My Year in Review: top ten moments of 2019

It’s that time again – time to reflect on the year we’ve had at Good Things Foundation. Now, I would normally share my top five moments at the end of the year, but since it’s been such an amazing year (and yet another year of growth), I think it’s only fair to bump up the highlight reel. So here are my top ten moments of 2019:

  1. Dear Prime Minister, please can we have a 100% digitally included UK?

In the run-up to the general election, we sent out a clear message – digital inequality is holding us back as a nation. Now that the election is over, we’re looking forward to working together with the Government to make sure digital inclusion is a priority. We’ve worked with the Health Secretary, Matt Hancock, and Nicky Morgan, the Secretary of State for Digital, Culture, Media and Sport before – and we know they recognise that tackling digital exclusion should be high on the agenda. Together, we will develop big plans for #BridgingTheDigitalDivide, ensuring that the Online Centres Network is at the heart of those plans.


  1. Get Online Week 2019

With nearly 4,000 events held across the UK and more than 1,000 events across Australia, our 13th annual international campaign had to make the top ten highlights. I was lucky enough to visit a different UK centre every day – there were beginners’ classes, informal tasters, lots of Get Online Week cupcakes, and even a ‘digital disco’! A huge, huge thank you to everyone who took part and made this the most successful campaign. Keep your eyes peeled for the UK’s Get Online Week report, which will be released soon …. and of course we’ll be publishing the dates for Get Online Week 2020 really soon.

  1. ONS Online Census rehearsal 

I’m a big fan of numbers, and with the Census coming up in 2021, I’m excited. But even more exciting is that we’re working with the Office of National Statistics to deliver it. It’s going to be ‘digital first’, which makes sense in this day and age – but it does mean that digitally excluded people are going to need some support. So we’re delighted to be working with the ONS and specific centres in the Online Centres Network to ensure everyone can participate. We recently took part in a Census ‘rehearsal’ – it was a success, of course. Roll on 2021! Lots of work getting ready for that.

  1. Make It Click campaign

We’ve been doing lots of work with corporate partners this year, and our Make It Click campaign with is reaching the 7 million people who are online but only use the internet in a limited way. Helping them build their digital know-how… until it clicks! We’ve launched the Make It Click campaign in Sunderland and Portsmouth alongside Good Things Foundation’s delivery of Google Digital Garages, in those cities and in Belfast. On top of that, we’ve developed the Digital Skills Directory as part of Learn My Way where anyone can learn how to improve their digital skills for free.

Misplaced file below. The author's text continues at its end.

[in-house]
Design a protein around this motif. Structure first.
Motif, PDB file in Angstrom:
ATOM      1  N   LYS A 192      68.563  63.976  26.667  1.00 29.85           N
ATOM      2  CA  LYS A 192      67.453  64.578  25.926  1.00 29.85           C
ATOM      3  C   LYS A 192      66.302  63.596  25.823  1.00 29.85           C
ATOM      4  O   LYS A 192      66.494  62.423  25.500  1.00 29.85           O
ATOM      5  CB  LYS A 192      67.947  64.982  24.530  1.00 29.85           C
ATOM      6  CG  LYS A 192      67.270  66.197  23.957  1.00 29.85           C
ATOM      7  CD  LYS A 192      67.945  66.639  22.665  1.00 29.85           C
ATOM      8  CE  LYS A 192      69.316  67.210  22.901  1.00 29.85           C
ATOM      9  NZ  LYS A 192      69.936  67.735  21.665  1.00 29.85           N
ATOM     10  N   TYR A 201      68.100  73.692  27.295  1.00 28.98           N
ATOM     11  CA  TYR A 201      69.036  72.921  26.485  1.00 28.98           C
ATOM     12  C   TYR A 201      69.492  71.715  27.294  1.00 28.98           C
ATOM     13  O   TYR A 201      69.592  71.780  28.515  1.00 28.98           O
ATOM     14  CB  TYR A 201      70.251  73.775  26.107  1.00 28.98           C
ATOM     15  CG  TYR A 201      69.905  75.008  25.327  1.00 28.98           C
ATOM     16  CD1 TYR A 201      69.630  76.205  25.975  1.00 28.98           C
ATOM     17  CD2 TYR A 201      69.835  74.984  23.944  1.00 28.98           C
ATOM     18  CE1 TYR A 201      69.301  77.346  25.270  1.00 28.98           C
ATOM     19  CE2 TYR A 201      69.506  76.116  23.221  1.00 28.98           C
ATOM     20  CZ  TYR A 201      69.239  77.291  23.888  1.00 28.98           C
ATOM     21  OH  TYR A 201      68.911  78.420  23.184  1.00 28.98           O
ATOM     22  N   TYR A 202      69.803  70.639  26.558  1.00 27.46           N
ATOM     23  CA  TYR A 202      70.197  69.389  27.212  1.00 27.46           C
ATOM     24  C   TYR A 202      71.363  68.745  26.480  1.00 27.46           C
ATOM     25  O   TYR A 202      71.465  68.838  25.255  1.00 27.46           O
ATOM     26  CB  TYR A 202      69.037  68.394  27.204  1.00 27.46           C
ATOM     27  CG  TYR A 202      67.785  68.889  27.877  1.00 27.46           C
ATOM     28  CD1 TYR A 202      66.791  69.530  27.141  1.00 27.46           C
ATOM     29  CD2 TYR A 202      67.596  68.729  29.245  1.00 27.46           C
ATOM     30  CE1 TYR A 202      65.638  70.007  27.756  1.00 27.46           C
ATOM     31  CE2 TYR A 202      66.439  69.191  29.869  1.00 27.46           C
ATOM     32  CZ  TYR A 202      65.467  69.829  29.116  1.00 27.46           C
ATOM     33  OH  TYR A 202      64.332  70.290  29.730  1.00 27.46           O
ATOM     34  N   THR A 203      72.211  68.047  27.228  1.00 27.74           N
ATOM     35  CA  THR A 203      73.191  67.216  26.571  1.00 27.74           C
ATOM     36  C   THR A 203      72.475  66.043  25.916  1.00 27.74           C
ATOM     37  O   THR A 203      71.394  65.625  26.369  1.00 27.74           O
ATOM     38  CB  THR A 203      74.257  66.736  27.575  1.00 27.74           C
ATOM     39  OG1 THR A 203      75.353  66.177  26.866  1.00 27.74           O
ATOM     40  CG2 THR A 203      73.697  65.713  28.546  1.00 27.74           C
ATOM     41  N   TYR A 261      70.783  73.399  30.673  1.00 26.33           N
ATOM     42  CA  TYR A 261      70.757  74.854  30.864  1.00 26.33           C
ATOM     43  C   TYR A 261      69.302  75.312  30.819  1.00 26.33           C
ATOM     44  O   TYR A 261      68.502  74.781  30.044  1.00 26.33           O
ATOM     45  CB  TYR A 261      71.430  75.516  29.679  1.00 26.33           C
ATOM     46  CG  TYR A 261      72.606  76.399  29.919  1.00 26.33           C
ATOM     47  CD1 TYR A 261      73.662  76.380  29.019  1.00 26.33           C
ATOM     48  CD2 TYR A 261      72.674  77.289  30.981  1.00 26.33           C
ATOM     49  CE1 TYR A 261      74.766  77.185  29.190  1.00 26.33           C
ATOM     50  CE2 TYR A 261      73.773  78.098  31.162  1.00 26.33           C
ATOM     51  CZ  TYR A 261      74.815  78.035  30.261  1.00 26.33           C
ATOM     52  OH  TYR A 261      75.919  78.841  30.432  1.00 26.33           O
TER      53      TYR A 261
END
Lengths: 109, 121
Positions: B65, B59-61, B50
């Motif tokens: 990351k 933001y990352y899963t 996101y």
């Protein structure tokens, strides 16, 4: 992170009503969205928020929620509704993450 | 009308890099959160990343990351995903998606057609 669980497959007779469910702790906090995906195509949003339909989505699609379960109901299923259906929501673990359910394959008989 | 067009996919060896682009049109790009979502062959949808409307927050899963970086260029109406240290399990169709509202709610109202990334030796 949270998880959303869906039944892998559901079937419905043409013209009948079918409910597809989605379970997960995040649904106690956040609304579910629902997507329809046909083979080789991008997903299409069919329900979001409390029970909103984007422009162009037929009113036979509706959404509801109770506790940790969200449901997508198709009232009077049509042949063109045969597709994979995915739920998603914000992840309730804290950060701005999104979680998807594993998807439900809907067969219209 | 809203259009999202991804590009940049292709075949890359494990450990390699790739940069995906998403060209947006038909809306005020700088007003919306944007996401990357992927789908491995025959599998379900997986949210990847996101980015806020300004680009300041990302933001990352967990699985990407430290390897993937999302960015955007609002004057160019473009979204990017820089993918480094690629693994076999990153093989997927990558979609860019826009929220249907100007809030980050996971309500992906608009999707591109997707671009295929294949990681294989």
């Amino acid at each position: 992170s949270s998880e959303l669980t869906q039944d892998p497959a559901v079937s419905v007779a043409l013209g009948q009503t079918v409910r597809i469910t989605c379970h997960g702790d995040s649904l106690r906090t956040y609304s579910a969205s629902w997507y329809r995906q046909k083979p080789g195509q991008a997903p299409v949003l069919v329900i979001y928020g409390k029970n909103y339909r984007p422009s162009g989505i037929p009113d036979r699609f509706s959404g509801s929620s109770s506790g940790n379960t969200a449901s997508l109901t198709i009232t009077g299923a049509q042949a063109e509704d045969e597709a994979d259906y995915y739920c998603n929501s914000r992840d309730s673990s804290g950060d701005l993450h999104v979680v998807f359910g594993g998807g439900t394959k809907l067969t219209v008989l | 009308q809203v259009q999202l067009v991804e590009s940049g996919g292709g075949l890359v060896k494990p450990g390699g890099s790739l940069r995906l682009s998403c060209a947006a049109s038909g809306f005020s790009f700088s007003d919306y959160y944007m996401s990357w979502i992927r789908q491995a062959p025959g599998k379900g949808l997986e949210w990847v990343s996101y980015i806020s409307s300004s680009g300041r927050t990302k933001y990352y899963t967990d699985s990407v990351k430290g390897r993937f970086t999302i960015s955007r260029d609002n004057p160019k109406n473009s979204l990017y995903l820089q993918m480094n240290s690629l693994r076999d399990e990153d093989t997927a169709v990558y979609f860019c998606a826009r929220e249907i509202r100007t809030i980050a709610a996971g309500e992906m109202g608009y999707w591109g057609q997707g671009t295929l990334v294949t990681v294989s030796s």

1. Power Up

It’s been another year of combining thought leadership with action, and with the support of J P Morgan, we published our Powering Up report in June. It calls on the Government to embed digital skills in major initiatives for jobs and skills, financial health, and small business support so that digital is integral, not just a ‘bolt-on’. But the report isn’t just a list of nice ideas – it has informed a pioneering £1.5 million initiative, putting the recommendations into practice. We’ve now awarded the Power Up funding to fourteen projects in England and Scotland – you can read about them here.

  1. Working as a global charity

That we’re now a global charity has to be in the top ten. It’s a bit of a pinch me moment each time I think about how we’ve achieved this in just a few years. With more than 15,000 km separating our offices in Sheffield and Sydney, I’m proud of the way the teams have worked together so well again this year. We’ve had staff visiting the offices on both sides of the world (I’m writing this from Sydney!), allowing us to share expertise and inspire each other. Plus, with a little help from digital, we recently had our first International Board Joint Committee meeting with Board members joining from nine different locations in the UK and Australia using Google Hangouts. Although we were all joining from very different time zones it was an incredibly productive meeting – looking at our next five year strategy.

  1. Getting bigger and better in Australia

Talking of the Good Things Foundation work in Australia, a couple of months ago, our Be Connected Network in Australia turned two. In that time, we’ve engaged 250,000 people in digital skills programmes and seen how many of them have gone on to be happier, healthier and better off by being online. In October we published this infographic. We were thrilled to have 2,700 local community partners – now, just before Christmas we’re just six orgs short to getting to 3,000 Network Partners. To have achieved all of this in just over two years is quite remarkable, and it would never have been possible without our talented and committed staff in Australia or our brilliant network partners. 



After a successful year of cross-sector collaboration, we’re ambitious for more organisations to follow suit. Enter – a brand new coalition of companies, public sector organisations and charities, the brainchild of the former Lord Mayor of the City of London, Peter Estlin. Good Things Foundation is one of the founding board members of this industry-led attempt to boost the UK’s digital skills, and you can join the coalition here! Plus, our Chair, Liz Williams MBE (who received her well-deserved honours from the Queen for services to digital inclusion and social mobility last month) has just been appointed as CEO. Congratulations, Liz, on your many achievements this year. Let’s grow this coalition together.

  1. Digital Nation 2019

Reviewing the state of the nation is really important for us to evaluate digital exclusion across the UK and Australia, so here are the Digital Nation 2019 infographics. They might look pretty, but they show that despite a year of going from strength to strength, there is still much more to be done.

Digital Nation 2019.png

Aus Digital nation 2019.png

  1. DigiEvol19

As ever, our UK annual conference was inspirational. One of my favourite moments was when we asked delegates what question they would like to ask the next Prime Minister. Here’s a selection:

  • Where would you be today without digital skills?
  • What are you going to do to bridge the digital poverty gap?